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[This charge may be added if evidence has been presented of multiple acts on the basis of which guilt can be found, but there must be unanimity as to at least one [or a specified number] of those acts having been committed.]
[This requirement has mostly arisen in relation to a charge of maintaining a sexual relationship with a child under 16, under which the jury must agree on (at least) the same three acts having been committed from amongst all of the acts presented by the prosecution. For this reason, this charge has been drafted in relation to the requirement for agreement on three acts. If necessary, this can be amended to instead require agreement on a different number of acts.]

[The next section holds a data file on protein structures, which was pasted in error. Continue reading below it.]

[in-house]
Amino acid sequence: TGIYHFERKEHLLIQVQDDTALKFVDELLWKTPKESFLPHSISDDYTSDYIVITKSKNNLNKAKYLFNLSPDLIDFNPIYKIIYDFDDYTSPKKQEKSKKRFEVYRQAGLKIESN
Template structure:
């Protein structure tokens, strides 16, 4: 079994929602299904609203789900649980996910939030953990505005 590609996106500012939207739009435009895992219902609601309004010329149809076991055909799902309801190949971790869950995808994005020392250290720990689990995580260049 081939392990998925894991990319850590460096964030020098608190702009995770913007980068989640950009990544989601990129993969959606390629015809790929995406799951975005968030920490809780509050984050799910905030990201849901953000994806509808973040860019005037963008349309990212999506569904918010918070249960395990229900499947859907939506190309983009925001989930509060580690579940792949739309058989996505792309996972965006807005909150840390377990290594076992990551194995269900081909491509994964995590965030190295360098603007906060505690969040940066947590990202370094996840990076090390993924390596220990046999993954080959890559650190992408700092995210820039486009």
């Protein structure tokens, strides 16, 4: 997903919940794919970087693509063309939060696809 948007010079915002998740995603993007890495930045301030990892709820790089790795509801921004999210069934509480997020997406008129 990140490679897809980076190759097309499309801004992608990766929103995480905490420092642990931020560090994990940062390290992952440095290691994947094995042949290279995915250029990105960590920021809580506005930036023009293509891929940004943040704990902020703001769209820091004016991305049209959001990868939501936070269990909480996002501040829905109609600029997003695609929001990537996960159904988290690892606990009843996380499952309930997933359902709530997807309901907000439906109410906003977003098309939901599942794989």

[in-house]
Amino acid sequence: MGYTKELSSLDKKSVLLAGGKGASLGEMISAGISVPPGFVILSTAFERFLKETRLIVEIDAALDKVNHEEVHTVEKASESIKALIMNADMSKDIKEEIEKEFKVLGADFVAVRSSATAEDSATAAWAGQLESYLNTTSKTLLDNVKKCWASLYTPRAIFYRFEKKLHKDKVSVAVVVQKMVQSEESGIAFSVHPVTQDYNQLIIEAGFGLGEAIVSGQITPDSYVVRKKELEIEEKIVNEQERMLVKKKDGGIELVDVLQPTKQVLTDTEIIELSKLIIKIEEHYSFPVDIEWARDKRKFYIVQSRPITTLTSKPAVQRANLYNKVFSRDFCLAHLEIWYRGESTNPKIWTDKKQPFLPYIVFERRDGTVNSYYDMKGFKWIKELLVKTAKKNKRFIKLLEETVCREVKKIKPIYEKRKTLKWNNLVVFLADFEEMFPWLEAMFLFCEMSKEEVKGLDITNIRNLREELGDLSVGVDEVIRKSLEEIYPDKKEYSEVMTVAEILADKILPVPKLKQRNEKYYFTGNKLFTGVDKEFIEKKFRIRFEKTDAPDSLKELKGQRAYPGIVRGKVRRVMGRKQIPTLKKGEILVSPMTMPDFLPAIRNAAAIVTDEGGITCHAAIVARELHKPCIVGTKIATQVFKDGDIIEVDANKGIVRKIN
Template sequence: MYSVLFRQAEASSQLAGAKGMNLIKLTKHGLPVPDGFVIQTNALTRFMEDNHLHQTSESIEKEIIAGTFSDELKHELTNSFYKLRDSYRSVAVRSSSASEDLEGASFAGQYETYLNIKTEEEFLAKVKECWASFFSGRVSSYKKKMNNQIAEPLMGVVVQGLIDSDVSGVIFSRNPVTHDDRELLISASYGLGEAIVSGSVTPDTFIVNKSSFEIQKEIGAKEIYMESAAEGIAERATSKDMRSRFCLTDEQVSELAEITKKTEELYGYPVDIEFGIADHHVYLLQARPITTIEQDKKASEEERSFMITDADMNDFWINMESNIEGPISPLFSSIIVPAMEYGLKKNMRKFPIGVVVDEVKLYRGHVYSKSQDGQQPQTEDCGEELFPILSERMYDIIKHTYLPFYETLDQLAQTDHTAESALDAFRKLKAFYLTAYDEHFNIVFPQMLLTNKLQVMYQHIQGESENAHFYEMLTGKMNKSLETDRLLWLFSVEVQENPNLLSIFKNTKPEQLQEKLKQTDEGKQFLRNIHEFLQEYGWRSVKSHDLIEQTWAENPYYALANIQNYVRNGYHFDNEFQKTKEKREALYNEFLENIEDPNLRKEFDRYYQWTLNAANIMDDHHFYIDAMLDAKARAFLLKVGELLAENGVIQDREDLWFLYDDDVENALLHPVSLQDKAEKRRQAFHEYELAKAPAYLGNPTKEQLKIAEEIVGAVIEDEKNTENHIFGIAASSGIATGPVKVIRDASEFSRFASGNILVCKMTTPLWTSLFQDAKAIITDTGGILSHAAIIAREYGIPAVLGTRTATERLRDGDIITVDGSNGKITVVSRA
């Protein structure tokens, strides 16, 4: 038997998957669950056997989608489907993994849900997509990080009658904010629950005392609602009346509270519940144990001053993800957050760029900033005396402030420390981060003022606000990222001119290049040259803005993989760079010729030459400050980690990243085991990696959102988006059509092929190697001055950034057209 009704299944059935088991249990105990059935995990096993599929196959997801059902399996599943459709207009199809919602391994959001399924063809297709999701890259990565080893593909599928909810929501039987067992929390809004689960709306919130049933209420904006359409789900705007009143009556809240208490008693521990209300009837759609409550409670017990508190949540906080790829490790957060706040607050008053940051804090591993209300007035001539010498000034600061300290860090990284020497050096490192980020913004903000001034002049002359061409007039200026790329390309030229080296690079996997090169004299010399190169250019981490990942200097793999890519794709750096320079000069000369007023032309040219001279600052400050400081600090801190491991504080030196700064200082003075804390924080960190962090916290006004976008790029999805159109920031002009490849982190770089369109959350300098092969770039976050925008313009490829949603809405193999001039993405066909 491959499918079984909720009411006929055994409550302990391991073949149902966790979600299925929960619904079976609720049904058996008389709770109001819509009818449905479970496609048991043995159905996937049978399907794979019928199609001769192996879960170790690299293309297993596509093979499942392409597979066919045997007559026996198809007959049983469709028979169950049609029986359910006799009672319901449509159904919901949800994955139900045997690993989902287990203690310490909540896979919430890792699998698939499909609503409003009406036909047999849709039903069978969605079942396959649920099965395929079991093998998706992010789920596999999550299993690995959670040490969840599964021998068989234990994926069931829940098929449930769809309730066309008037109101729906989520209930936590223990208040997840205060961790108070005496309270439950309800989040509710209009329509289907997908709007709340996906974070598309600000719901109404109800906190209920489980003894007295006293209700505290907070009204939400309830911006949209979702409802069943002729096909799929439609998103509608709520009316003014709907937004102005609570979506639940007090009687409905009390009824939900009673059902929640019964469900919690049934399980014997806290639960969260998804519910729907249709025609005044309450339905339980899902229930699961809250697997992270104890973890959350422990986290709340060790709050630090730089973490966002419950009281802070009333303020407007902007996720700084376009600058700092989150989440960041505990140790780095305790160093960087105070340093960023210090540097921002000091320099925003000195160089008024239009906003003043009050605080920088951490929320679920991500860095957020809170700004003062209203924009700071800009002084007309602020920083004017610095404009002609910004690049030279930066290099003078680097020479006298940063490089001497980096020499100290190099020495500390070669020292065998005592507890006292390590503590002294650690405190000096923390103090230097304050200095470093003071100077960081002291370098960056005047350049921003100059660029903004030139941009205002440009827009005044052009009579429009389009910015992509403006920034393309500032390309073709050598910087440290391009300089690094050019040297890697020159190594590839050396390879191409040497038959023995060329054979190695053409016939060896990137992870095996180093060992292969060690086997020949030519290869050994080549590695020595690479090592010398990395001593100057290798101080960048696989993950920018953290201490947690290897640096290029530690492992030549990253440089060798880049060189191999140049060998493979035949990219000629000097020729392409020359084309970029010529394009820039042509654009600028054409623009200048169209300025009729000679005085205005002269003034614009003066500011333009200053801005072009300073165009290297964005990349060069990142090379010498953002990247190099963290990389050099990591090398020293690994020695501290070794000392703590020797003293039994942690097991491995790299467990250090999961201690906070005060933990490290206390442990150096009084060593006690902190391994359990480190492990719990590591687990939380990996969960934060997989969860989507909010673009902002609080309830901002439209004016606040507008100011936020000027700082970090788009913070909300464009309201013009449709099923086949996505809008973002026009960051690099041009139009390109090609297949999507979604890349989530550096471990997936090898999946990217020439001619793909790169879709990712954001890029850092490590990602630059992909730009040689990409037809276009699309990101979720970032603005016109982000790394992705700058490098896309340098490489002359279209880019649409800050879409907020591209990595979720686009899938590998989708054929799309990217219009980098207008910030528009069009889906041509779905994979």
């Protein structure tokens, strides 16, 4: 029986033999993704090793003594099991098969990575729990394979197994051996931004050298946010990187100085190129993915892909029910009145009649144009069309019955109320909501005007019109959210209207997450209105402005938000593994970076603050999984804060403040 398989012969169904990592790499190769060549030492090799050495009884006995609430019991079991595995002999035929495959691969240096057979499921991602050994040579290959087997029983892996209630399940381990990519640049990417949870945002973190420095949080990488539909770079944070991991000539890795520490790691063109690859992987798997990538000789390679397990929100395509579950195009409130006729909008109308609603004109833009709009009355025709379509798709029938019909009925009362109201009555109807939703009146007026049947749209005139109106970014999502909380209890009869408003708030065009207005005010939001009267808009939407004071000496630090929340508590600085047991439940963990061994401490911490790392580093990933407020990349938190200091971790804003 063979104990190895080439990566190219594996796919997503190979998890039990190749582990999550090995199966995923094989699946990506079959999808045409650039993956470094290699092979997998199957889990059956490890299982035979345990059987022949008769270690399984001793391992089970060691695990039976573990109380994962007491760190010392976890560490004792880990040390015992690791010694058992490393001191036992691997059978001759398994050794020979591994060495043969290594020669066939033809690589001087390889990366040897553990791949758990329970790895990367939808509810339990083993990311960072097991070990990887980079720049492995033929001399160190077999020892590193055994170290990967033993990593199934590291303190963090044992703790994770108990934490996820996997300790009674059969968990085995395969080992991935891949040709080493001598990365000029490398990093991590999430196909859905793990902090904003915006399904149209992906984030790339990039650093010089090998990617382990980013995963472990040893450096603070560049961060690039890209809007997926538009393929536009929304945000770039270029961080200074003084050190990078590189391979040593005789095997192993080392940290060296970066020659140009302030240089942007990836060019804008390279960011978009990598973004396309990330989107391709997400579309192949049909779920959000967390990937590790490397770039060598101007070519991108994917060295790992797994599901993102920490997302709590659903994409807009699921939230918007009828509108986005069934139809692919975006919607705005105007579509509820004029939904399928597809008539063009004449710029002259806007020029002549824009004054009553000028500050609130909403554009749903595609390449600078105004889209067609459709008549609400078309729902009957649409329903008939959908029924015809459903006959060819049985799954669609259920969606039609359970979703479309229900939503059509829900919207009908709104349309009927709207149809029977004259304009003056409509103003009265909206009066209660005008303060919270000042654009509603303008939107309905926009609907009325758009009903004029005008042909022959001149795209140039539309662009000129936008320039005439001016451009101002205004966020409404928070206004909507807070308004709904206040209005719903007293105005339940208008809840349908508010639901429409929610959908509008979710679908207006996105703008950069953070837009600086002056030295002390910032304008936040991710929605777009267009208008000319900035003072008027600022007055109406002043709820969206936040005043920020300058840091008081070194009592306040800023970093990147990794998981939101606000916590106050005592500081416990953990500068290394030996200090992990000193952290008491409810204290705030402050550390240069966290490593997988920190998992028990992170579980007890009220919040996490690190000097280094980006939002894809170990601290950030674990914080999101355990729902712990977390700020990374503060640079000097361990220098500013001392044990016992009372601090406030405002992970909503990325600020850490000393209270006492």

Because of the nature of this case, I need to give you some more directions about how this requirement for unanimity works in relation to [insert relevant offence].
In attempting to prove NOA’s guilt in relation to this offence, the prosecution has presented evidence of a number of different acts which it alleges provide the basis for you to find [him/her] guilty.
The prosecution has alleged that [insert summary of the different acts relied upon by the prosecution].
You do not need to find that [he/she] committed all of these acts. In order for you to find NOA guilty, you must be satisfied beyond reasonable doubt that [he/she] committed at least three of these acts.
However, before you can find NOA guilty of [offence], all twelve of you must agree that the same three acts have been proven beyond reasonable doubt. If some of you find NOA guilty on the basis of three particular acts [for example …], and others find [him/her] guilty on the basis of a different three acts [such as …], then you have not reached a unanimous verdict.
Last updated: 1 February 2006